Tuesday, March 4, 2008 | 9:48 a.m.
CARSON CITY – Rick Tabish and Sandra R. Murphy, both convicted and then acquitted of the murder of former casino owner Ted Binion, are still going to have to serve their time in prison for stealing the silver collection of the Las Vegas gaming figure.
Tabish is currently serving a 10-year term in connection with the 1998 beating of Leo Casey at a sandpit in Jean. And he faces a one to five year term for burglary and larceny. Murphy was also sentenced to 1-5 years for the silver counts.
The Nevada Supreme Court has denied two appeals by Tabish, who is now 42years old, and is confined to the Southern Desert Correctional Center in Clark County. And it rejected the appeal of Murphy, now 36-years old.
The court said there was sufficient evidence that Tabish entered into an agreement with Murphy to commit burglary and larceny to steal the silver in a vault in Nye County.
The three-judge panel said it determined “that the issue of Tabish’s innocence or guilt on the silver counts is not close.”
The court also rejected his argument that new evidence would show he was innocent in the beating of Casey.
On the appeal from Murphy, the court split 2-1 on her argument there was insufficient evidence for a conviction. Justices Ron Parraguirre and Michael Douglas said there were sufficient facts showing that Murphy entered into an agreement with Tabish to commit burglary and larceny to steal the silver.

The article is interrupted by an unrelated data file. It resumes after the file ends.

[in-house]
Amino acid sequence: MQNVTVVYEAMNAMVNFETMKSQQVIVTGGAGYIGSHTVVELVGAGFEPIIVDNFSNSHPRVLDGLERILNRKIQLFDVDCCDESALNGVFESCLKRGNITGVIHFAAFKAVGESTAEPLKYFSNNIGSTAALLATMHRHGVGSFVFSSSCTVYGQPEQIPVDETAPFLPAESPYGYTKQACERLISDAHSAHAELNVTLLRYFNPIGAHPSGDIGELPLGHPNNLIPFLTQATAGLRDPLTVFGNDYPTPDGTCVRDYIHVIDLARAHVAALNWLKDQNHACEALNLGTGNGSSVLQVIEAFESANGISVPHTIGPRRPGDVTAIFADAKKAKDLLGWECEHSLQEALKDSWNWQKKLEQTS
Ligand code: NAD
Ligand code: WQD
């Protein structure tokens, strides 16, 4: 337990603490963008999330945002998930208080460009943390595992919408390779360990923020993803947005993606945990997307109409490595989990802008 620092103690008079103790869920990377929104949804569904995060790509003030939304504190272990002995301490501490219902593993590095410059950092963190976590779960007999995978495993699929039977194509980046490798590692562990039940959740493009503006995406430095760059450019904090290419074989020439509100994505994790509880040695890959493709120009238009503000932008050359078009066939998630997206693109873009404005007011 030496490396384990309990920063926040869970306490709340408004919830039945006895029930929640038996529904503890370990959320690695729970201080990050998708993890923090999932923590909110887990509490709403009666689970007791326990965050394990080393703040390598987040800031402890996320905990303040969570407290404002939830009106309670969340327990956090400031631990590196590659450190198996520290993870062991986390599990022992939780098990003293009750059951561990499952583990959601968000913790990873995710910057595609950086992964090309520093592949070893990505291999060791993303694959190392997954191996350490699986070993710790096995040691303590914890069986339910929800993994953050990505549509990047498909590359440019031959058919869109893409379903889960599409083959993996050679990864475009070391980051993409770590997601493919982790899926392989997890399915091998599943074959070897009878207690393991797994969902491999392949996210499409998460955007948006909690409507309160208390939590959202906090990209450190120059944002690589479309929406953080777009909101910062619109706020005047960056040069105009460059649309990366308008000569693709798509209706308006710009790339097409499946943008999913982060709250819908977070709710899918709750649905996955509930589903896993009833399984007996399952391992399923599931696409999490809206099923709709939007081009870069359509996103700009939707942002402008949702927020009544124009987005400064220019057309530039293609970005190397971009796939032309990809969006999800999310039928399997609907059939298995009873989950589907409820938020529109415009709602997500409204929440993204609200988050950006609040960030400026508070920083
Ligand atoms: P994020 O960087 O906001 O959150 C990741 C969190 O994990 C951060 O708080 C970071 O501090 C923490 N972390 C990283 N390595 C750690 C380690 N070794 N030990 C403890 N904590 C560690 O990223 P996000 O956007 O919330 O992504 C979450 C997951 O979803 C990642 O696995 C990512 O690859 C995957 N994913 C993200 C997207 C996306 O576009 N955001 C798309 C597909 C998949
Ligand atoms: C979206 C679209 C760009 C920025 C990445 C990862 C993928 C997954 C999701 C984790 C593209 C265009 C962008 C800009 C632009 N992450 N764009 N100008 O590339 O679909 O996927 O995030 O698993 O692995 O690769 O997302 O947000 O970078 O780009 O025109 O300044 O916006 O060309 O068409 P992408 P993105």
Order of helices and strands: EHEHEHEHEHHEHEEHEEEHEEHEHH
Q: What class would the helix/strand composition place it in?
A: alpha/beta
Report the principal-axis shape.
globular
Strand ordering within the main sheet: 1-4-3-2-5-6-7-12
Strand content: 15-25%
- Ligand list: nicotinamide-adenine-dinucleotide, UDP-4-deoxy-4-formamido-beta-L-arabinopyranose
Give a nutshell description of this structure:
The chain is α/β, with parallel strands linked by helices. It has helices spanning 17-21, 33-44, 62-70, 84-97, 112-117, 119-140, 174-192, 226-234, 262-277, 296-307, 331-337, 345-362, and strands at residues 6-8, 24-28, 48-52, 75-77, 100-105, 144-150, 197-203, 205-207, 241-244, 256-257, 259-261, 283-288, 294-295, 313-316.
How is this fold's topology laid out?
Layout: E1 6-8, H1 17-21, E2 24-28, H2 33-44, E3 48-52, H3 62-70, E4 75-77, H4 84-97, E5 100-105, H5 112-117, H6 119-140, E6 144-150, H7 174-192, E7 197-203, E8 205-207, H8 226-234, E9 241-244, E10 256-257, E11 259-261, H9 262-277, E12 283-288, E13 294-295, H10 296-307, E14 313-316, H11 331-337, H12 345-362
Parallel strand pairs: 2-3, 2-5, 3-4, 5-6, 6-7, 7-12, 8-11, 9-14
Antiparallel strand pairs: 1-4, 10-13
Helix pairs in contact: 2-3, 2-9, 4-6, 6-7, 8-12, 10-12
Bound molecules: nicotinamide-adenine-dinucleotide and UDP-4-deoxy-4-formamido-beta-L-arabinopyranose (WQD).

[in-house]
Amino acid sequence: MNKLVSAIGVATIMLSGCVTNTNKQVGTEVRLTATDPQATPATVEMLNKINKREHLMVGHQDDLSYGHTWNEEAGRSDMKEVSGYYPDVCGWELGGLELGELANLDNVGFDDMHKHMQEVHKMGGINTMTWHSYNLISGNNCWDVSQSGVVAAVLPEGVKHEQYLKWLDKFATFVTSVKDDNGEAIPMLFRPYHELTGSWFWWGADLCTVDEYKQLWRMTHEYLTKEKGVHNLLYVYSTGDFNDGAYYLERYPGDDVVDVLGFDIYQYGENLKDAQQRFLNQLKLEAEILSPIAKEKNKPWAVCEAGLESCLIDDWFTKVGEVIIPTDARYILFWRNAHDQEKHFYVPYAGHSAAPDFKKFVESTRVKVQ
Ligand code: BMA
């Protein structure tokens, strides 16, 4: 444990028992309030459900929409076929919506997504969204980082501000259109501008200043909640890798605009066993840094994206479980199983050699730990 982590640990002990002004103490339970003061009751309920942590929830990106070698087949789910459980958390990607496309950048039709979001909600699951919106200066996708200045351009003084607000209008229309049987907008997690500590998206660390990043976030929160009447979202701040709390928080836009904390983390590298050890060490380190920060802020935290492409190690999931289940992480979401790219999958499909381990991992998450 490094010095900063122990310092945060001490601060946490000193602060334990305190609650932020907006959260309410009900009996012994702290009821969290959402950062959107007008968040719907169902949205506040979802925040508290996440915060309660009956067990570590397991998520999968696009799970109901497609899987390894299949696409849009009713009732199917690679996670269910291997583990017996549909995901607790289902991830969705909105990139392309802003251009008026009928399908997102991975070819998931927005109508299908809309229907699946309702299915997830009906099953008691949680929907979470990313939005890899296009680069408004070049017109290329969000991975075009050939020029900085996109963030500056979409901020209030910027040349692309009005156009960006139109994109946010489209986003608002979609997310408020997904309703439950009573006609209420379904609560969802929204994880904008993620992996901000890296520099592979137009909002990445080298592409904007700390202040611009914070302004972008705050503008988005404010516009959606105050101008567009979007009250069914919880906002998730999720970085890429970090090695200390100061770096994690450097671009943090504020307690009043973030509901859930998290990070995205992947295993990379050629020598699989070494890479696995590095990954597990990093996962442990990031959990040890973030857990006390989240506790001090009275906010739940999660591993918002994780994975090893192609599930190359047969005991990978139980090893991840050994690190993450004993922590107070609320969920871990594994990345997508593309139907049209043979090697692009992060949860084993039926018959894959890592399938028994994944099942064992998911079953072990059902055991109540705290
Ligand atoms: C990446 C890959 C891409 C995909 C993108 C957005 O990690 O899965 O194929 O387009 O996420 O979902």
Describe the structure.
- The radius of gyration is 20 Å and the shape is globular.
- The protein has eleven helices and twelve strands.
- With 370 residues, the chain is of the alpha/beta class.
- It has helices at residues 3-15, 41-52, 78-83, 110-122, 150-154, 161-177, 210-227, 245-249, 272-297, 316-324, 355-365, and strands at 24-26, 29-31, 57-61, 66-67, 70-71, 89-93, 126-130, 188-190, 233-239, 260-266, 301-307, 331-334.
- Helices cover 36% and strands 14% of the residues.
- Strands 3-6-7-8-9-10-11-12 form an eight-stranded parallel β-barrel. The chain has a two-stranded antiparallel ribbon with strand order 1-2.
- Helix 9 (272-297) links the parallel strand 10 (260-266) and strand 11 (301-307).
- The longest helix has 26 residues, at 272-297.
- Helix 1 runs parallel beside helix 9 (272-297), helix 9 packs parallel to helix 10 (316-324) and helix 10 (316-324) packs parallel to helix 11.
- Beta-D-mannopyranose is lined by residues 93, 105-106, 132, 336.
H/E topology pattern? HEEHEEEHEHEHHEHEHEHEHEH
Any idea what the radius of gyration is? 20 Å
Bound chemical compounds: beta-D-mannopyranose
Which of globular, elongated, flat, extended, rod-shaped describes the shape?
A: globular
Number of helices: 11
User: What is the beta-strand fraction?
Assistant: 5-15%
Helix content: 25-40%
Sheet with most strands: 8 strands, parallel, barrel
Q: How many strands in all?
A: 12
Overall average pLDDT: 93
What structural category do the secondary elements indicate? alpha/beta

Justice James Hardesty dissented saying the prosecution “adducted insufficient evidence to support its contention that Murphy conspired with Tabish to steal Binion’s silver or that she possessed the specific intent to commit grand larceny and burglary.”
Murphy and Tabish were accused of suffocating Binion, 55, in September 1998. A day later Tabish tried to steal Binion’s silver in Pahrump. The defense claimed Binion died of an accidental overdose of heroin.
The couple initially was convicted of murder but the Supreme Court ordered a new trial. They were acquitted at the second trial.
Murphy was sentenced by District Judge Joseph Bonaventure in March 2005. Records in the state Department of Corrections said her sentence is under review.
Editor's Note: This story has been corrected. The original story had Benny Binion's name, rather than Ted Binion's. Ted Binion was a casino owner and the son of famed casino owner Benny Binion.